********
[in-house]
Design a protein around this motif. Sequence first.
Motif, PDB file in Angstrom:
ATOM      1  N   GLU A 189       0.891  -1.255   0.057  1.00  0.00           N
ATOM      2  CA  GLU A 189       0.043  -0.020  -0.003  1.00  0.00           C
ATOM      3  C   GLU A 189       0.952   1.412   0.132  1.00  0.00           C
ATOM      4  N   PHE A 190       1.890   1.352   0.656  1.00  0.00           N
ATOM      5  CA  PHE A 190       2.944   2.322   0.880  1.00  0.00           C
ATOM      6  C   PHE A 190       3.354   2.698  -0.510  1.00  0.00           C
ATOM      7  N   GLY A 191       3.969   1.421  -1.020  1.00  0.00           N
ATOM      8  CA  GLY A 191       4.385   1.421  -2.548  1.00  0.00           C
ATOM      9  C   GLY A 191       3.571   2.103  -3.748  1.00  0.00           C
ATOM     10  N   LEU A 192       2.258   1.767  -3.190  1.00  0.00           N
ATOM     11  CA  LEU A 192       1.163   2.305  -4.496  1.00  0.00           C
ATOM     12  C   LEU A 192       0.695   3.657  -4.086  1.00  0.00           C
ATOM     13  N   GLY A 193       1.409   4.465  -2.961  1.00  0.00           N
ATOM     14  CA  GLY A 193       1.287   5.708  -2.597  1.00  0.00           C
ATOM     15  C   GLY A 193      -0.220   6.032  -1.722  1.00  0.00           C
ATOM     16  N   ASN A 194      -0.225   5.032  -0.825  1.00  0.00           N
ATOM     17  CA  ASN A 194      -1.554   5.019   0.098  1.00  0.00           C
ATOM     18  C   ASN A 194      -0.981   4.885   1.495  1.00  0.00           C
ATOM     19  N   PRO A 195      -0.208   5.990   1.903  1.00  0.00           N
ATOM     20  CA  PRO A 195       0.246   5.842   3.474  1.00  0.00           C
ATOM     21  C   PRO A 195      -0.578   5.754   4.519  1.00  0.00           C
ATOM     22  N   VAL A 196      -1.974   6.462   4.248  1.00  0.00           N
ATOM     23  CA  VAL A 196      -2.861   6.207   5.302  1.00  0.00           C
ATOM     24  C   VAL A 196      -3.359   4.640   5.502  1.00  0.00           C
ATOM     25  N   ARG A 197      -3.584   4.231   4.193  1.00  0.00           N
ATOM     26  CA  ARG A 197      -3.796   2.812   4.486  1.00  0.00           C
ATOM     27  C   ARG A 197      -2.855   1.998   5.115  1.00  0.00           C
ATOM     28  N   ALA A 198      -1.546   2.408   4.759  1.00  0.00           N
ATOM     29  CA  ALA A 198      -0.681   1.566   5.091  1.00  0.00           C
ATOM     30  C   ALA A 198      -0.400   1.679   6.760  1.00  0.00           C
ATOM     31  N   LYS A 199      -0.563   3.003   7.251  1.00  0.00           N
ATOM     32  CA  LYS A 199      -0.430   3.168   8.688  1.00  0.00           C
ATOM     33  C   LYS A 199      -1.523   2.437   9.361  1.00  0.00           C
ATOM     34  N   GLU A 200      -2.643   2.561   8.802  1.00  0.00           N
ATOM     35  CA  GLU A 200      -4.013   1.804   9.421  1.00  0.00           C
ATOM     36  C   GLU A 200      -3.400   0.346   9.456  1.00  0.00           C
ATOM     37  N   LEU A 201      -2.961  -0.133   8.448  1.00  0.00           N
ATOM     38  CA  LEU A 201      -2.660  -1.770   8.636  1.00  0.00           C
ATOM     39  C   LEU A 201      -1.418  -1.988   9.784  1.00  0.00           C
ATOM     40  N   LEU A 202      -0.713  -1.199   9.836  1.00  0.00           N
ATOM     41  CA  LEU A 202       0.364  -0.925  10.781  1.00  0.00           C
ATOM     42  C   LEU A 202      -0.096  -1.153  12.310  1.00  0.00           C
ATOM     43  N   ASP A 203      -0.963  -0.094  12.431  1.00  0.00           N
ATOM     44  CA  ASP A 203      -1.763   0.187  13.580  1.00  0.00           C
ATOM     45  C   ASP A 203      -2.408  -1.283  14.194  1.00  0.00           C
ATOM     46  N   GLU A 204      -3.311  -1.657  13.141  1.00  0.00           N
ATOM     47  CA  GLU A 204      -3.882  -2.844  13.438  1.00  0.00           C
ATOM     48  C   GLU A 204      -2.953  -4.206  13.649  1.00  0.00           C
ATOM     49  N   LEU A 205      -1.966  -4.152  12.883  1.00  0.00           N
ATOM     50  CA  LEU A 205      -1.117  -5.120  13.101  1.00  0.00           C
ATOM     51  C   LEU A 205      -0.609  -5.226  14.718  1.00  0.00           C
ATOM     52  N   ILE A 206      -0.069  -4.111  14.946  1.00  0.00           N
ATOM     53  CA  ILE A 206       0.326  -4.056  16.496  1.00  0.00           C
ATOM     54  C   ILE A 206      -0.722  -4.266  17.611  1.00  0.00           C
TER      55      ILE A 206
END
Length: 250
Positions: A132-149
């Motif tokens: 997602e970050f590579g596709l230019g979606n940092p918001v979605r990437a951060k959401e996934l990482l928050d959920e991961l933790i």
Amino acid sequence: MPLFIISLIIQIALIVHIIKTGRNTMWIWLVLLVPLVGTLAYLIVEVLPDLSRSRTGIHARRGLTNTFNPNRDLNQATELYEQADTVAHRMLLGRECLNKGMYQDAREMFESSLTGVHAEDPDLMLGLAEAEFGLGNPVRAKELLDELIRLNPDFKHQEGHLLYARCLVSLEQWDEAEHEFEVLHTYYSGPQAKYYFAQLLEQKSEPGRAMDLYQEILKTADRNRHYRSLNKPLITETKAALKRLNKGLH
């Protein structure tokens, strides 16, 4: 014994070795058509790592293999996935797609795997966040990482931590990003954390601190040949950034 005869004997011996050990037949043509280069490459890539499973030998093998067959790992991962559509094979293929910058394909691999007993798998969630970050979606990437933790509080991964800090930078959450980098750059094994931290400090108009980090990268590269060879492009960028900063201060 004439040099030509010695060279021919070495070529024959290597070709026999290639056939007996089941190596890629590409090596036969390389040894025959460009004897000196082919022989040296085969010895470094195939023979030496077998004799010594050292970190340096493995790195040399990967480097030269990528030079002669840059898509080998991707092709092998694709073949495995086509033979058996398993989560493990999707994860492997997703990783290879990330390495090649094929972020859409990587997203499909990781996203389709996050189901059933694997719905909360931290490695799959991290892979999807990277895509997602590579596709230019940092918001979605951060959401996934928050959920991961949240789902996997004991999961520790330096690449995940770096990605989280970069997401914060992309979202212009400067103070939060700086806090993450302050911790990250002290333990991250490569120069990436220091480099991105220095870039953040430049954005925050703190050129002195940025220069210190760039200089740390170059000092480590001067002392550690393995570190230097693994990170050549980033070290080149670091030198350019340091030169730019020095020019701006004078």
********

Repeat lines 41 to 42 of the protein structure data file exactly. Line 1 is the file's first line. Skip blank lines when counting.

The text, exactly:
ATOM     38  CA  LEU A 201      -2.660  -1.770   8.636  1.00  0.00           C
ATOM     39  C   LEU A 201      -1.418  -1.988   9.784  1.00  0.00           C